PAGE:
Modern stickball tournaments are being hosted across North America to connect Natives with their culture and tradition while providing a fun competitive event that brings families closer together.

Stickball, as we know it today, is a hybrid of three Indigenous stickball styles. Originating in Southeast, Great Lakes and Northeast regions of America, historically teams could be comprised of up to 1,000 players competing on goals that could span over one mile away with sticks featuring either circular hoops, egg baskets or an oblong style that most closely resembles lacrosse shaped sticks shaped similarly.

Stickball is an exciting physical sport requiring skill and accuracy, traditionally played on natural fields without padded equipment. Players would traditionally wear buckskin only and use two Kapucha sticks made from tree trunks/saplings with flared cups at each end with leather lacing inside to hold the ball; two goal posts called Fabvssa were placed at either end of the field; points could be scored by hitting either goal post with their ball to score points.

To protect players, medicine men would perform various rituals before any game started. They included giving players special scratches said to aid their performance during gameplay as well as blessing each stick and offering special prayers to guarantee its success.

Players were out if they touched the ball with their hands or kicked it out of bounds, while other rules included no stealing bases and three strikes per inning. All participants in the game wore white headbands as part of their identification as participants in this particular sport.

Native American Stickball games are now part of cultural festivals and competitions, giving attendees a chance to cheer on athletes while tasting traditional foods, enjoying music and dance performances, as well as learning more about this ancient game's deep cultural significance. While its appearance differs greatly from that of modern lacrosse matches played at high school, college, or professional levels today, its continued existence stands testament to its continuing relevance for Native Americans today.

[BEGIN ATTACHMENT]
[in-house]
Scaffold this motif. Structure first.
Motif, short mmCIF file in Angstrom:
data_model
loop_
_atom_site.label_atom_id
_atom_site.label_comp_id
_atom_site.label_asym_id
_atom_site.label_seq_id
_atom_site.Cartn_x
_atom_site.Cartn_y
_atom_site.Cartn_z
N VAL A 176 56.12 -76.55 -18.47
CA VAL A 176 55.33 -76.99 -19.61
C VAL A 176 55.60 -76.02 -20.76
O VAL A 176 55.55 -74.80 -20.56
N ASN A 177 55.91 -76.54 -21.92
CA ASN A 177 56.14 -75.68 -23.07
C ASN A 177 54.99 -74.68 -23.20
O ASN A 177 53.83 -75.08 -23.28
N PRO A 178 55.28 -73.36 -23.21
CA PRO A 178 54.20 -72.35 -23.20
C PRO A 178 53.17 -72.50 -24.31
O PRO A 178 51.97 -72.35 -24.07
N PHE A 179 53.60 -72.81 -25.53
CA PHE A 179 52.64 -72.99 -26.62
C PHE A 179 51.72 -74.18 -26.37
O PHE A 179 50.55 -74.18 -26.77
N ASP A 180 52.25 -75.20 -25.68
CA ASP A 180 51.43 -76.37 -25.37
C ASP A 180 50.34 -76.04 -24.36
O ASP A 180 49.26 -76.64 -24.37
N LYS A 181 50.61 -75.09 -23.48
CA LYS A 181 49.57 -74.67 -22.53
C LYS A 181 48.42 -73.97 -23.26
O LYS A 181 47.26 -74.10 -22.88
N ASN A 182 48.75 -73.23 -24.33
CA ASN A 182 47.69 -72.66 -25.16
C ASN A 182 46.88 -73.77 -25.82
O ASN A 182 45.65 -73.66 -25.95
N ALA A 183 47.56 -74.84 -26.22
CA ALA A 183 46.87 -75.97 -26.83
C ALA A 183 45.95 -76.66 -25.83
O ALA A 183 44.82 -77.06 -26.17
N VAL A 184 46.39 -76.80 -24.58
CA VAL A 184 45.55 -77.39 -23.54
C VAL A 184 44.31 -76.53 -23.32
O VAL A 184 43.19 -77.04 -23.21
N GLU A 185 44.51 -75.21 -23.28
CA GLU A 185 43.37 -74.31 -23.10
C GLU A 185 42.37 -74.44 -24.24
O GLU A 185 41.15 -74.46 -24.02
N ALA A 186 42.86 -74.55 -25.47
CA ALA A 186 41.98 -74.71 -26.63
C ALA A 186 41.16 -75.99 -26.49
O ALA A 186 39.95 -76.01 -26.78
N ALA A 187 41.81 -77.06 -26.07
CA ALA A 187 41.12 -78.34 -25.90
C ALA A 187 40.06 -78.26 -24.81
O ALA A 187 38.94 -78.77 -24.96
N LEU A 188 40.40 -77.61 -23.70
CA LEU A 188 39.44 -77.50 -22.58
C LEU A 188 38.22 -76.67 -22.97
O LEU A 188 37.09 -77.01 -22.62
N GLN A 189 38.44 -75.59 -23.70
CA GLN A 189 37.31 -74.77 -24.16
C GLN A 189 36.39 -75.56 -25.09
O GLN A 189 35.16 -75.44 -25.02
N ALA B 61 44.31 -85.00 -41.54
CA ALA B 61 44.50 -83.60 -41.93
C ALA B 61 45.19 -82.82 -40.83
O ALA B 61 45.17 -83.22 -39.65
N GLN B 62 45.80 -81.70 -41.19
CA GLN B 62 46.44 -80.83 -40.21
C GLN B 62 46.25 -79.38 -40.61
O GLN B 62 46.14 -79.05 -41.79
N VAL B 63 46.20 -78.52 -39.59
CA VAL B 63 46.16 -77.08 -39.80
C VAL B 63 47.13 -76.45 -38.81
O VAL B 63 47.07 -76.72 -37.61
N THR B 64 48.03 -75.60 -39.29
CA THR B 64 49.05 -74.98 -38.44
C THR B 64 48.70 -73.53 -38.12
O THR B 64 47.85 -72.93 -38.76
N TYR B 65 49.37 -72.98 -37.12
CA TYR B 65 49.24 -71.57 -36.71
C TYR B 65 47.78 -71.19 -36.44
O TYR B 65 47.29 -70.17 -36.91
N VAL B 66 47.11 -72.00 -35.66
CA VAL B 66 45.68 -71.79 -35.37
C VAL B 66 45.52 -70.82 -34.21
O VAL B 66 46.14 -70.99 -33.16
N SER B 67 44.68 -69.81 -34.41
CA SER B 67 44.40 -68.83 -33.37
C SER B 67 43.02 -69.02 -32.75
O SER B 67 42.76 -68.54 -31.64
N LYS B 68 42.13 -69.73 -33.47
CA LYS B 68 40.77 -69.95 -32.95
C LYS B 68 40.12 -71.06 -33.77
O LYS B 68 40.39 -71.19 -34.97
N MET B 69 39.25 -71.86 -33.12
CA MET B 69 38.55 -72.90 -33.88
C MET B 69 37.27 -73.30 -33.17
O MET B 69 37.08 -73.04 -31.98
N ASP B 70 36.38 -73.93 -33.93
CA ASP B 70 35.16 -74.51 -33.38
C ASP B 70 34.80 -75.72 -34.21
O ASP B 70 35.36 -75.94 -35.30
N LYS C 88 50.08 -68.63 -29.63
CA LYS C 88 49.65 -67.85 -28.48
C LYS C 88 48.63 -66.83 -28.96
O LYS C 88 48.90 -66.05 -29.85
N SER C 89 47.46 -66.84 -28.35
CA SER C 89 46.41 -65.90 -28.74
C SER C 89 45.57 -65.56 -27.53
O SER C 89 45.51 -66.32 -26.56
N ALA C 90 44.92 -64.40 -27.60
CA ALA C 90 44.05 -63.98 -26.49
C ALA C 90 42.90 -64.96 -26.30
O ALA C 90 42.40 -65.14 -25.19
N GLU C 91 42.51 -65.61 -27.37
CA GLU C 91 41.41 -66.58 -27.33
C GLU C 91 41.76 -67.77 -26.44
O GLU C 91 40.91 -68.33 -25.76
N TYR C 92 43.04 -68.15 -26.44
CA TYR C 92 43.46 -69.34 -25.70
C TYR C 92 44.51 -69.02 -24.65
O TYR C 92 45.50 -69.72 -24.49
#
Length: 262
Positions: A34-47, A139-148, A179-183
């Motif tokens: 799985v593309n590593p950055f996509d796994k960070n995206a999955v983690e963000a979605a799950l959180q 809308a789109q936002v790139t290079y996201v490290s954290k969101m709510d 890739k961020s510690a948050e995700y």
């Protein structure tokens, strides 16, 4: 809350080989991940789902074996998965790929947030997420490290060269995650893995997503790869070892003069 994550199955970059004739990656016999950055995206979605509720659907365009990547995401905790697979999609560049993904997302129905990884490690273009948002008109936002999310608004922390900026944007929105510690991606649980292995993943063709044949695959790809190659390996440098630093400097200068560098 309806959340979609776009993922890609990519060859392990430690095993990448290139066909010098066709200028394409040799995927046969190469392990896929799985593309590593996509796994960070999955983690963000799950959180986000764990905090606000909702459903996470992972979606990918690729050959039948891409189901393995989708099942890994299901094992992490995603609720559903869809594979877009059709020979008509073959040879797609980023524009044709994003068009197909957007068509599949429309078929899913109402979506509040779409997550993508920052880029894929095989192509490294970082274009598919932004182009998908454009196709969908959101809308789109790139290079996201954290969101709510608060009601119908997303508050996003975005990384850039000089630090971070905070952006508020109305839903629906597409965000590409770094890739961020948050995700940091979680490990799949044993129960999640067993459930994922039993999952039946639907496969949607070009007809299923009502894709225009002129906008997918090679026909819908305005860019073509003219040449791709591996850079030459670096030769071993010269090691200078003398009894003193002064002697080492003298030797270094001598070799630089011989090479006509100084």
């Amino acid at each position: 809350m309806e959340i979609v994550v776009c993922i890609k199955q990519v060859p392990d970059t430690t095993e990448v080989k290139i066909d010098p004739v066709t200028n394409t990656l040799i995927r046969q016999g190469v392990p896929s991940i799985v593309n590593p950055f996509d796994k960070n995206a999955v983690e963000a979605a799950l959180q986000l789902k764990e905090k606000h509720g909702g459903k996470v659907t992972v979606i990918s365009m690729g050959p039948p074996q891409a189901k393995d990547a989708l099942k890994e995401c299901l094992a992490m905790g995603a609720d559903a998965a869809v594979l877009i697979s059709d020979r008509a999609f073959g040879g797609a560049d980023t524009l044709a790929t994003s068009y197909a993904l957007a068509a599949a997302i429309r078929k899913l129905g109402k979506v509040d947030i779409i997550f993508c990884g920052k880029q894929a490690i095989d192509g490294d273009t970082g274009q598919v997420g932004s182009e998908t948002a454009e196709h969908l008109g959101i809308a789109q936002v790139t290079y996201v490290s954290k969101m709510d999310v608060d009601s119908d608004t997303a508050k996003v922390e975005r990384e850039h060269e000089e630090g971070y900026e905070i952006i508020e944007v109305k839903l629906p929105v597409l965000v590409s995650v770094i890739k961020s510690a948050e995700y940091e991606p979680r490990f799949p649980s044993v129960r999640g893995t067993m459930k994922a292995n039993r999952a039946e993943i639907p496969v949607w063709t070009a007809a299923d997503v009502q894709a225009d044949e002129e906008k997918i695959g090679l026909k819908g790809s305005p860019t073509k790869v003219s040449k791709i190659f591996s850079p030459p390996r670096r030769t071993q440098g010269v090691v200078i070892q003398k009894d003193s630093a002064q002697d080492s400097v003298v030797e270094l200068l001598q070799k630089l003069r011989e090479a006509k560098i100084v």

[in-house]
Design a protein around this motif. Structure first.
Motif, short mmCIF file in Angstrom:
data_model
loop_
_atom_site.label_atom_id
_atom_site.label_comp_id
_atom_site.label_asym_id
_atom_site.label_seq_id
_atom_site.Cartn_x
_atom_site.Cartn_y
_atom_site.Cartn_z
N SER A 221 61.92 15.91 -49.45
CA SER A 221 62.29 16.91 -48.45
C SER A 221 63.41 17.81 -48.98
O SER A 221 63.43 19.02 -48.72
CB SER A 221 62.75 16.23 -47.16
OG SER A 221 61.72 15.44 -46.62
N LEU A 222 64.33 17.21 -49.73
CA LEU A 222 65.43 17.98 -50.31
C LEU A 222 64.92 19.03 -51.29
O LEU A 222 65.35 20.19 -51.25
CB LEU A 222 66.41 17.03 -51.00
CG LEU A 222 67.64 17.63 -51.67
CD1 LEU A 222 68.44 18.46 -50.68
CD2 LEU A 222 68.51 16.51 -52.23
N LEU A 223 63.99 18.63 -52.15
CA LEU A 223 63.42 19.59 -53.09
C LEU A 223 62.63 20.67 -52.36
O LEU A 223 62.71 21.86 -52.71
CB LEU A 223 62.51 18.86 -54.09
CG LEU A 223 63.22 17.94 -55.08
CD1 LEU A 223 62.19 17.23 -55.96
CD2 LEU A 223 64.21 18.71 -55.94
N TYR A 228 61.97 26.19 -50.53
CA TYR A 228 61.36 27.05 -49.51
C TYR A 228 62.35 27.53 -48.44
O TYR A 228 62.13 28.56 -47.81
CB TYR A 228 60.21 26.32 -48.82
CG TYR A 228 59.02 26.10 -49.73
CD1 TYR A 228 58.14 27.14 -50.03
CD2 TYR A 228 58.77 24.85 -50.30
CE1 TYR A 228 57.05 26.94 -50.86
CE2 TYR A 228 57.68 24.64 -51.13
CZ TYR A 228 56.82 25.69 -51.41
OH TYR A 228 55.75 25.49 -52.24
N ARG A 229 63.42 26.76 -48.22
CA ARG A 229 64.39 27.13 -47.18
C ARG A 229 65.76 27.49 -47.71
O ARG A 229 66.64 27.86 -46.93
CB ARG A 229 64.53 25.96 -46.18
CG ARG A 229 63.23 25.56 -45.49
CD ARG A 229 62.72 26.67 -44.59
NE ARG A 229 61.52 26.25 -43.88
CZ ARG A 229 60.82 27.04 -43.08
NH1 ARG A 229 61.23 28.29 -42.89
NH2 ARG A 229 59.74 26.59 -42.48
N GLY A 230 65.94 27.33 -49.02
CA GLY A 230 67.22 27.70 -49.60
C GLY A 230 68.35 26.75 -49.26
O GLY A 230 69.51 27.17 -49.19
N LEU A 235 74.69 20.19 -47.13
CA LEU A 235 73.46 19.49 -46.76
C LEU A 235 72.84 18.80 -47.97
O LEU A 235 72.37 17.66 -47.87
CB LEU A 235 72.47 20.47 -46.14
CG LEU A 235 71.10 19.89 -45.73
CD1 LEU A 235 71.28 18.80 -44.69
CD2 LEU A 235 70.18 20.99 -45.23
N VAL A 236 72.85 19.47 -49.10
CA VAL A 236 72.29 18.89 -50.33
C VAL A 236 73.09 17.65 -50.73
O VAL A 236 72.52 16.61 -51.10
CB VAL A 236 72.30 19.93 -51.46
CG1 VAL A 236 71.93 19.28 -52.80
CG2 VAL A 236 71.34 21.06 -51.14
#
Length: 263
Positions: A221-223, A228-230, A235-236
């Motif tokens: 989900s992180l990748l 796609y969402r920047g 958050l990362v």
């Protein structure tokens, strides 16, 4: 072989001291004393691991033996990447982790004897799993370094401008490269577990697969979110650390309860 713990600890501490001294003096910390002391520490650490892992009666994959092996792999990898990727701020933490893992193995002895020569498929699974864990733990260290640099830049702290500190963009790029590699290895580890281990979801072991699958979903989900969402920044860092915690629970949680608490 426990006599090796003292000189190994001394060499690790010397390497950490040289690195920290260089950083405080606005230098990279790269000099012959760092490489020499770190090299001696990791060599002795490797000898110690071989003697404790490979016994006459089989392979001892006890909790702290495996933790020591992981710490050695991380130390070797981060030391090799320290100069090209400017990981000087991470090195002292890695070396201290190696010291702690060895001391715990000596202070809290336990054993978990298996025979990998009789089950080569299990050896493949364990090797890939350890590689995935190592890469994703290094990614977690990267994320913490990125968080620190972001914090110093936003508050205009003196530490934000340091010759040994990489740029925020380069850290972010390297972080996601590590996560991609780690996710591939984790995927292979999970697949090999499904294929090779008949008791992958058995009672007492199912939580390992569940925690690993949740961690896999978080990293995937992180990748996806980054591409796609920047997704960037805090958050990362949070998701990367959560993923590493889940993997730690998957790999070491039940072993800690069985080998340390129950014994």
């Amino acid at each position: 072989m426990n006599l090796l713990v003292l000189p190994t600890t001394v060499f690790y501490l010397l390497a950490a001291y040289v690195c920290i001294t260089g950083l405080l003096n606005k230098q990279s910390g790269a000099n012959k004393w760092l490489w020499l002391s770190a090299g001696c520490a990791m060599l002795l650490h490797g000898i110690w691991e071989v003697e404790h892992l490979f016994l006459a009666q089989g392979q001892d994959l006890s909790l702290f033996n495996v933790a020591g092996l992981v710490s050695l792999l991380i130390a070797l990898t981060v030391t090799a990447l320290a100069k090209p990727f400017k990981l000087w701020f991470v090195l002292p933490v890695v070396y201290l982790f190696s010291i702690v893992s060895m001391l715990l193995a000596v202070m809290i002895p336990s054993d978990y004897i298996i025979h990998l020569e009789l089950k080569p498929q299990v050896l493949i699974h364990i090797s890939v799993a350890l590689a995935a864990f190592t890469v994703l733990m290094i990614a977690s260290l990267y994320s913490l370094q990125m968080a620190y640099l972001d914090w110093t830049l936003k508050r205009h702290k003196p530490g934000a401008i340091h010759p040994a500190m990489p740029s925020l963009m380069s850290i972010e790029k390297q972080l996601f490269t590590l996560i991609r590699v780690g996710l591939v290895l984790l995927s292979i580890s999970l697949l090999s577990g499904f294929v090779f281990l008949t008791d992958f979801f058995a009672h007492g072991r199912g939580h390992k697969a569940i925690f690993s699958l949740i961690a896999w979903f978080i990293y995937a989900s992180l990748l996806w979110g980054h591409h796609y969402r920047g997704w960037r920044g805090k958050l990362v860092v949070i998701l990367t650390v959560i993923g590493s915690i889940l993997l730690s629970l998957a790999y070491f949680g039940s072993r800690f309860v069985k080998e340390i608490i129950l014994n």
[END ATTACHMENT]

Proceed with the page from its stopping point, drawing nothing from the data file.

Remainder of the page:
Stickball is an ancient indigenous tribal sport with deep ties to culture. However, its intensity makes it an exciting and fast-paced game that provides great ways to build community and foster cooperation, as well as learn more about various tribes' cultural practices and learn their rules and equipment differences. While each game might differ between tribes in terms of rules and equipment needs - the goal remains unifying regardless.

Stickball was traditionally played for sportsmanship, spiritual healing, mental health benefits and conflict resolution purposes. Today it can be seen in sports like lacrosse and hockey; Southeast Woodland nations such as Cherokee, Choctaw and Chickasaw play stickball in unique styles that were highly competitive over several days-long tournaments.

Traditional football was played on natural fields with teams of up to 100 players wearing no padding clothing, playing without pads. Each player carried a ball made from deerskin or other material and two Kapucha sticks made from hardwoods like hickory that had flared ends fitted with leather lacing to hold onto the ball firmly and two goalposts at each end of the field called Fabvssa - also called goalposts - was also important.

Ketchum notes that indigenous peoples found this game vital for strengthening cultural ties and encouraging cooperation, learning new skills, demonstrating tribal leadership and showing tribal spirit. It became such an integral part of tribal festivals and ceremonial events that it became part of their lives forever.

Today, people still play stickball as a means to honour their indigenous heritage and connect to family and culture. This renewed interest keeps Choctaw artisans busy crafting handmade sticks: the kabocca (made of hickory) is bent at both ends to form cups into which players hold the ball; towa are constructed using cloth tightly wrapped around a stone or piece of wood and bound by leather thongs or deer hide the cord.

Stickball was an ancient game requiring speed, strength and endurance. Not only was it used for sports entertainment purposes; but it was also an effective means of settling disputes, practising warrior skills and uniting communities. Stickball became an integral part of Native American culture - something it continues to play an important role today.